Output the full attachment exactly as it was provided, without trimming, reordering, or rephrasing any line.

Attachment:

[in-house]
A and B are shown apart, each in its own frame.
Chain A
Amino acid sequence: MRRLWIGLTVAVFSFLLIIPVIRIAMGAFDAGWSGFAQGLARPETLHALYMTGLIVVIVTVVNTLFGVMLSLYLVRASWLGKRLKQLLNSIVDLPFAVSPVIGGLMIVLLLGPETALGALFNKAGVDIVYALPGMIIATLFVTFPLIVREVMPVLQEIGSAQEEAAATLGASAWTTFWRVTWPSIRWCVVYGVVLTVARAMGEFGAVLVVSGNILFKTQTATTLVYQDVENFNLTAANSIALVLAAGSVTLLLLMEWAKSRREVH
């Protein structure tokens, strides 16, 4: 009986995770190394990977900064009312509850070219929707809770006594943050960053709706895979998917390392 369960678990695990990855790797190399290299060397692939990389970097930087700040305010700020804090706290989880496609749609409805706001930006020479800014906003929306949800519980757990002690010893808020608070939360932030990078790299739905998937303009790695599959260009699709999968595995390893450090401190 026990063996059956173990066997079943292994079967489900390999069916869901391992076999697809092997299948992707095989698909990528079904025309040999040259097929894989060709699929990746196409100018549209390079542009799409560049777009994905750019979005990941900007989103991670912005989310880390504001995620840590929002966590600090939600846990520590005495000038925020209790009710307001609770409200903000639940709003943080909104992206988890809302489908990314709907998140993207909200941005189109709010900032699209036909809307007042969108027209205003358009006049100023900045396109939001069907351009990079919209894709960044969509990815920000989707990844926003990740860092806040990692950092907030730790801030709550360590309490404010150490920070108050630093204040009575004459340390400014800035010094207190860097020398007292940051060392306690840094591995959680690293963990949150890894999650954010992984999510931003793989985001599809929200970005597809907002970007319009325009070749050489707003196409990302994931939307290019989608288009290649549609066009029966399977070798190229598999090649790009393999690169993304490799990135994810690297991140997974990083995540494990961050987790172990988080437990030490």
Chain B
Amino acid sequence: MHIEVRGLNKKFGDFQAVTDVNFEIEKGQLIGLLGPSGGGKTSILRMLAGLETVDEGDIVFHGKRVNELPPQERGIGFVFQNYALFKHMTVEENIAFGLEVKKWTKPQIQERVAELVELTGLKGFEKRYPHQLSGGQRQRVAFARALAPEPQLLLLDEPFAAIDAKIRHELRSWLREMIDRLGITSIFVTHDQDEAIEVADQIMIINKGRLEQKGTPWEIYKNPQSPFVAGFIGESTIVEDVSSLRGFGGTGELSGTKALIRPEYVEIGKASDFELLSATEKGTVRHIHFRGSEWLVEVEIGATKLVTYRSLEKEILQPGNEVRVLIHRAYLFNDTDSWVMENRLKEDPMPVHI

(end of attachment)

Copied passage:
[in-house]
A and B are shown apart, each in its own frame.
Chain A
Amino acid sequence: MRRLWIGLTVAVFSFLLIIPVIRIAMGAFDAGWSGFAQGLARPETLHALYMTGLIVVIVTVVNTLFGVMLSLYLVRASWLGKRLKQLLNSIVDLPFAVSPVIGGLMIVLLLGPETALGALFNKAGVDIVYALPGMIIATLFVTFPLIVREVMPVLQEIGSAQEEAAATLGASAWTTFWRVTWPSIRWCVVYGVVLTVARAMGEFGAVLVVSGNILFKTQTATTLVYQDVENFNLTAANSIALVLAAGSVTLLLLMEWAKSRREVH
């Protein structure tokens, strides 16, 4: 009986995770190394990977900064009312509850070219929707809770006594943050960053709706895979998917390392 369960678990695990990855790797190399290299060397692939990389970097930087700040305010700020804090706290989880496609749609409805706001930006020479800014906003929306949800519980757990002690010893808020608070939360932030990078790299739905998937303009790695599959260009699709999968595995390893450090401190 026990063996059956173990066997079943292994079967489900390999069916869901391992076999697809092997299948992707095989698909990528079904025309040999040259097929894989060709699929990746196409100018549209390079542009799409560049777009994905750019979005990941900007989103991670912005989310880390504001995620840590929002966590600090939600846990520590005495000038925020209790009710307001609770409200903000639940709003943080909104992206988890809302489908990314709907998140993207909200941005189109709010900032699209036909809307007042969108027209205003358009006049100023900045396109939001069907351009990079919209894709960044969509990815920000989707990844926003990740860092806040990692950092907030730790801030709550360590309490404010150490920070108050630093204040009575004459340390400014800035010094207190860097020398007292940051060392306690840094591995959680690293963990949150890894999650954010992984999510931003793989985001599809929200970005597809907002970007319009325009070749050489707003196409990302994931939307290019989608288009290649549609066009029966399977070798190229598999090649790009393999690169993304490799990135994810690297991140997974990083995540494990961050987790172990988080437990030490």
Chain B
Amino acid sequence: MHIEVRGLNKKFGDFQAVTDVNFEIEKGQLIGLLGPSGGGKTSILRMLAGLETVDEGDIVFHGKRVNELPPQERGIGFVFQNYALFKHMTVEENIAFGLEVKKWTKPQIQERVAELVELTGLKGFEKRYPHQLSGGQRQRVAFARALAPEPQLLLLDEPFAAIDAKIRHELRSWLREMIDRLGITSIFVTHDQDEAIEVADQIMIINKGRLEQKGTPWEIYKNPQSPFVAGFIGESTIVEDVSSLRGFGGTGELSGTKALIRPEYVEIGKASDFELLSATEKGTVRHIHFRGSEWLVEVEIGATKLVTYRSLEKEILQPGNEVRVLIHRAYLFNDTDSWVMENRLKEDPMPVHI